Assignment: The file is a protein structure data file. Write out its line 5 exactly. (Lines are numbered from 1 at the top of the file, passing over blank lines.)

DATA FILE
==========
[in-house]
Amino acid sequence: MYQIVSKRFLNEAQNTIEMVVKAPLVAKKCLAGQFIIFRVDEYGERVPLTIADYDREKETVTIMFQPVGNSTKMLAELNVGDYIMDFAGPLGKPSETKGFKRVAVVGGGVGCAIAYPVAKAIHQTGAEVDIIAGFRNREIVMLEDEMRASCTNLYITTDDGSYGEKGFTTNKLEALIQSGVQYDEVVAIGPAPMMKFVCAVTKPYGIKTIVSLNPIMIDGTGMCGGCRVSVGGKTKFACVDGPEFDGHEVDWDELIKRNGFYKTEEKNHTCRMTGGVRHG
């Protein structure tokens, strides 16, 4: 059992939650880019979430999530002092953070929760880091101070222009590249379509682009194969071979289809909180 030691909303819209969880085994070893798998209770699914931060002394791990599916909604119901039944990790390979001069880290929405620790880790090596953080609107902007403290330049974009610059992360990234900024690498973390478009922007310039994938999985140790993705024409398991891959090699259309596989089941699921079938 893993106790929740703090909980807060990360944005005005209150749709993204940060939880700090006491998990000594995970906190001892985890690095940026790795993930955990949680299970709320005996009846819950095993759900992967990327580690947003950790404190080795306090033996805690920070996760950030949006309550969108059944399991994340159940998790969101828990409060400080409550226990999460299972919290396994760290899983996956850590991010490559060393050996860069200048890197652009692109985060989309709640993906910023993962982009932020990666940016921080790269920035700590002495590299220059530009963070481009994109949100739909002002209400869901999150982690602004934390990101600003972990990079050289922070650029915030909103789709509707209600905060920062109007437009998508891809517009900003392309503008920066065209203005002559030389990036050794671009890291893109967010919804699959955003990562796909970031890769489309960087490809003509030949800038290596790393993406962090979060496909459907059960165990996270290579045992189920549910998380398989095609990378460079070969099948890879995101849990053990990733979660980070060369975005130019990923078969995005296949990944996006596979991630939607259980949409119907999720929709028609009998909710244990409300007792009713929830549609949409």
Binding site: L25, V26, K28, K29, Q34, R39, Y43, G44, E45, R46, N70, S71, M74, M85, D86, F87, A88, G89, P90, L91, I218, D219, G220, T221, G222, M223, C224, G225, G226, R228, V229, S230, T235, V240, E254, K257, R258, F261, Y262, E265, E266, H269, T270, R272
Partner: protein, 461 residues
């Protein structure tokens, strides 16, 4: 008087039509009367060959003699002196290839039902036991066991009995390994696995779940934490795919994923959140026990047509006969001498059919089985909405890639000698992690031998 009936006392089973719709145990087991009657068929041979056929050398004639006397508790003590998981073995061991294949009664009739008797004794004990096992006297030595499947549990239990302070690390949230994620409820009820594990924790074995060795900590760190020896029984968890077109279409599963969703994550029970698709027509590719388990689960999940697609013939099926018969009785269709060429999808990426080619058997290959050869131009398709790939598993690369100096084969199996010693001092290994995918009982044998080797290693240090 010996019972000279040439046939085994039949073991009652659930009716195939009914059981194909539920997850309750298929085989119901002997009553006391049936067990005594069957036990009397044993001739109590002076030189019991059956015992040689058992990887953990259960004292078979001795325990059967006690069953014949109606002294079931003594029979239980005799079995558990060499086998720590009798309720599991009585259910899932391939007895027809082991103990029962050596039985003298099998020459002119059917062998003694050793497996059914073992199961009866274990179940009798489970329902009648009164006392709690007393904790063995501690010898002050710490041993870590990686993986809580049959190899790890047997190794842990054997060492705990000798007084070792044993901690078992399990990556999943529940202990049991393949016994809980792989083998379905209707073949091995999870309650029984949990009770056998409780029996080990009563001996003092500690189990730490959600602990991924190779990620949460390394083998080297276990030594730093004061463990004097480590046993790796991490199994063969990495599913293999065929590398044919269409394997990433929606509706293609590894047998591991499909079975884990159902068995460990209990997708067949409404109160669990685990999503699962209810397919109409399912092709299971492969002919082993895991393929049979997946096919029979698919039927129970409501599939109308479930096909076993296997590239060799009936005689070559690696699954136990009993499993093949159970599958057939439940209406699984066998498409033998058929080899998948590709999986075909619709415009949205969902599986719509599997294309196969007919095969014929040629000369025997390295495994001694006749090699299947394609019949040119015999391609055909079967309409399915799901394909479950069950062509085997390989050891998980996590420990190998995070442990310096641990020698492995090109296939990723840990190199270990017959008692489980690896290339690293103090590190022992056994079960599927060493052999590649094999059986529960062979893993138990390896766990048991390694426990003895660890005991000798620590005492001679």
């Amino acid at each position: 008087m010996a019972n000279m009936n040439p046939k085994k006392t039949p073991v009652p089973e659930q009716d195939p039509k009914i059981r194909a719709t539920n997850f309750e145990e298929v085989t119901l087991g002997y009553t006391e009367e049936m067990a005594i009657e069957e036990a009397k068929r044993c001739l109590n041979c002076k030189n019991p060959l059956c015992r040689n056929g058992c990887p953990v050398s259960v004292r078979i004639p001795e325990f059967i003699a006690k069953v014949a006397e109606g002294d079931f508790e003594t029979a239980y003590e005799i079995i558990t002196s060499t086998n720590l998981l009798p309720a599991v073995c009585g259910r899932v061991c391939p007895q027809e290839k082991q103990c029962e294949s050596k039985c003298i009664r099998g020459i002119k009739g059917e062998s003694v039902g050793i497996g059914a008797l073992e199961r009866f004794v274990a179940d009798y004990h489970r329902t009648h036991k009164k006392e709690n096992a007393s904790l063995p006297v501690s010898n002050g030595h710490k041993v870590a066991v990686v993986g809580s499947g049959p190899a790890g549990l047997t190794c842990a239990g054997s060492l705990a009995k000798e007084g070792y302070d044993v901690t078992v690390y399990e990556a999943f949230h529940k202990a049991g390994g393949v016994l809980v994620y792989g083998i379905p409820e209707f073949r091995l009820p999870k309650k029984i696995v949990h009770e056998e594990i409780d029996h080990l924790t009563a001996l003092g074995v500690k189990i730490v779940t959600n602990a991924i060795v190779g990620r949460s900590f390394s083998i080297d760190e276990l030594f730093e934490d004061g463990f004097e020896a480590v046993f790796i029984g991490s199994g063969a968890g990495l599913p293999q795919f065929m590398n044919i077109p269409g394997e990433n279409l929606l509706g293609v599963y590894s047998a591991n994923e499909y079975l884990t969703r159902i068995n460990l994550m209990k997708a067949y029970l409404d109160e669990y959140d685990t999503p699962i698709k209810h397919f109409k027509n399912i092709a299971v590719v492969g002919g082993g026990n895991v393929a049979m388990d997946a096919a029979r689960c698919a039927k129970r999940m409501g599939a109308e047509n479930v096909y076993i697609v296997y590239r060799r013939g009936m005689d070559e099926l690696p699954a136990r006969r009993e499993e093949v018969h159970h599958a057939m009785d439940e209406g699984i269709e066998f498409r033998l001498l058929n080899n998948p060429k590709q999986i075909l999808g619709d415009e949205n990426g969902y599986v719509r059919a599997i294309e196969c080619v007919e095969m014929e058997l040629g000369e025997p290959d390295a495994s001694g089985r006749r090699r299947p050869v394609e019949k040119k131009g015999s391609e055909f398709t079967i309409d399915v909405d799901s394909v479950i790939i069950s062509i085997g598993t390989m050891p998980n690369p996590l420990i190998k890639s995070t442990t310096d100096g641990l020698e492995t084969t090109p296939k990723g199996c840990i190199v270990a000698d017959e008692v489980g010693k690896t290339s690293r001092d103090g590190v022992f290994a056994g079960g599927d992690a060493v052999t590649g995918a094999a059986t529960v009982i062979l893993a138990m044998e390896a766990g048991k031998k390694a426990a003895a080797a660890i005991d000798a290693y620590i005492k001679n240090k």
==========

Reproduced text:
Partner: protein, 461 residues